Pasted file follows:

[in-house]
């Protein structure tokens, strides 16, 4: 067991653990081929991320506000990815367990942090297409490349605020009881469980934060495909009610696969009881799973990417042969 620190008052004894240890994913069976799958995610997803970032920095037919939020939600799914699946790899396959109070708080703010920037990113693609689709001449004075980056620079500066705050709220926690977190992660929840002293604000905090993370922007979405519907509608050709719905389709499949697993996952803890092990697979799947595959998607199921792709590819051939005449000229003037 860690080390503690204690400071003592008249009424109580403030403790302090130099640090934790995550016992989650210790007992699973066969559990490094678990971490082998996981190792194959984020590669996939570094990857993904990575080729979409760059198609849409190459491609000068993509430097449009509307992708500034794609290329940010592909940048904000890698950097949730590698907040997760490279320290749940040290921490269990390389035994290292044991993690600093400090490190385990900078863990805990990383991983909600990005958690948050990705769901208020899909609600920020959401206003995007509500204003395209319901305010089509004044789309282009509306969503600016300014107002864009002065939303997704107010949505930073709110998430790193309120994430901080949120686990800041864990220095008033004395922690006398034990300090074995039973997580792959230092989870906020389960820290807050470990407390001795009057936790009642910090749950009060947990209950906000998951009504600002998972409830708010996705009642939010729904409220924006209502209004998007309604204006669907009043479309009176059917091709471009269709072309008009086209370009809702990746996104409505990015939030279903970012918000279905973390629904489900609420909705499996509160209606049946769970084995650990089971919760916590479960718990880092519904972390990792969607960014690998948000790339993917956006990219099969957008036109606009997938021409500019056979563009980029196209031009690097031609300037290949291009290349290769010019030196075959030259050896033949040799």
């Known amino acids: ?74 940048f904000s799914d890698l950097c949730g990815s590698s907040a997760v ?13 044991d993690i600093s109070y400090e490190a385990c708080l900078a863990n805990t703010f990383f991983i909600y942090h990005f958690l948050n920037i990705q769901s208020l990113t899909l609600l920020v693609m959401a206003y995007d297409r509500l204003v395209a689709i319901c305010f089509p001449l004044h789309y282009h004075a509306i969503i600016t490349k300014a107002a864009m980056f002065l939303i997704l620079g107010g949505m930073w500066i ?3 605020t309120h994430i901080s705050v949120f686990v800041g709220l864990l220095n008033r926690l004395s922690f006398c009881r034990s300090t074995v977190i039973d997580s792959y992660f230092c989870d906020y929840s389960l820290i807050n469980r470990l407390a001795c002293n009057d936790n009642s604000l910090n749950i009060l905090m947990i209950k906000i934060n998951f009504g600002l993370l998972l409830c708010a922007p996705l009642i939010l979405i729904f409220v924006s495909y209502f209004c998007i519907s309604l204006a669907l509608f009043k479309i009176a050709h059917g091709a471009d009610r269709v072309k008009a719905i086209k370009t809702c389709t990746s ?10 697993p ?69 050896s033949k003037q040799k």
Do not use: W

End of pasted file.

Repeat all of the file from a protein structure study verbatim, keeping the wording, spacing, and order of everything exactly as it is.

[in-house]
């Protein structure tokens, strides 16, 4: 067991653990081929991320506000990815367990942090297409490349605020009881469980934060495909009610696969009881799973990417042969 620190008052004894240890994913069976799958995610997803970032920095037919939020939600799914699946790899396959109070708080703010920037990113693609689709001449004075980056620079500066705050709220926690977190992660929840002293604000905090993370922007979405519907509608050709719905389709499949697993996952803890092990697979799947595959998607199921792709590819051939005449000229003037 860690080390503690204690400071003592008249009424109580403030403790302090130099640090934790995550016992989650210790007992699973066969559990490094678990971490082998996981190792194959984020590669996939570094990857993904990575080729979409760059198609849409190459491609000068993509430097449009509307992708500034794609290329940010592909940048904000890698950097949730590698907040997760490279320290749940040290921490269990390389035994290292044991993690600093400090490190385990900078863990805990990383991983909600990005958690948050990705769901208020899909609600920020959401206003995007509500204003395209319901305010089509004044789309282009509306969503600016300014107002864009002065939303997704107010949505930073709110998430790193309120994430901080949120686990800041864990220095008033004395922690006398034990300090074995039973997580792959230092989870906020389960820290807050470990407390001795009057936790009642910090749950009060947990209950906000998951009504600002998972409830708010996705009642939010729904409220924006209502209004998007309604204006669907009043479309009176059917091709471009269709072309008009086209370009809702990746996104409505990015939030279903970012918000279905973390629904489900609420909705499996509160209606049946769970084995650990089971919760916590479960718990880092519904972390990792969607960014690998948000790339993917956006990219099969957008036109606009997938021409500019056979563009980029196209031009690097031609300037290949291009290349290769010019030196075959030259050896033949040799």
């Known amino acids: ?74 940048f904000s799914d890698l950097c949730g990815s590698s907040a997760v ?13 044991d993690i600093s109070y400090e490190a385990c708080l900078a863990n805990t703010f990383f991983i909600y942090h990005f958690l948050n920037i990705q769901s208020l990113t899909l609600l920020v693609m959401a206003y995007d297409r509500l204003v395209a689709i319901c305010f089509p001449l004044h789309y282009h004075a509306i969503i600016t490349k300014a107002a864009m980056f002065l939303i997704l620079g107010g949505m930073w500066i ?3 605020t309120h994430i901080s705050v949120f686990v800041g709220l864990l220095n008033r926690l004395s922690f006398c009881r034990s300090t074995v977190i039973d997580s792959y992660f230092c989870d906020y929840s389960l820290i807050n469980r470990l407390a001795c002293n009057d936790n009642s604000l910090n749950i009060l905090m947990i209950k906000i934060n998951f009504g600002l993370l998972l409830c708010a922007p996705l009642i939010l979405i729904f409220v924006s495909y209502f209004c998007i519907s309604l204006a669907l509608f009043k479309i009176a050709h059917g091709a471009d009610r269709v072309k008009a719905i086209k370009t809702c389709t990746s ?10 697993p ?69 050896s033949k003037q040799k």
Do not use: W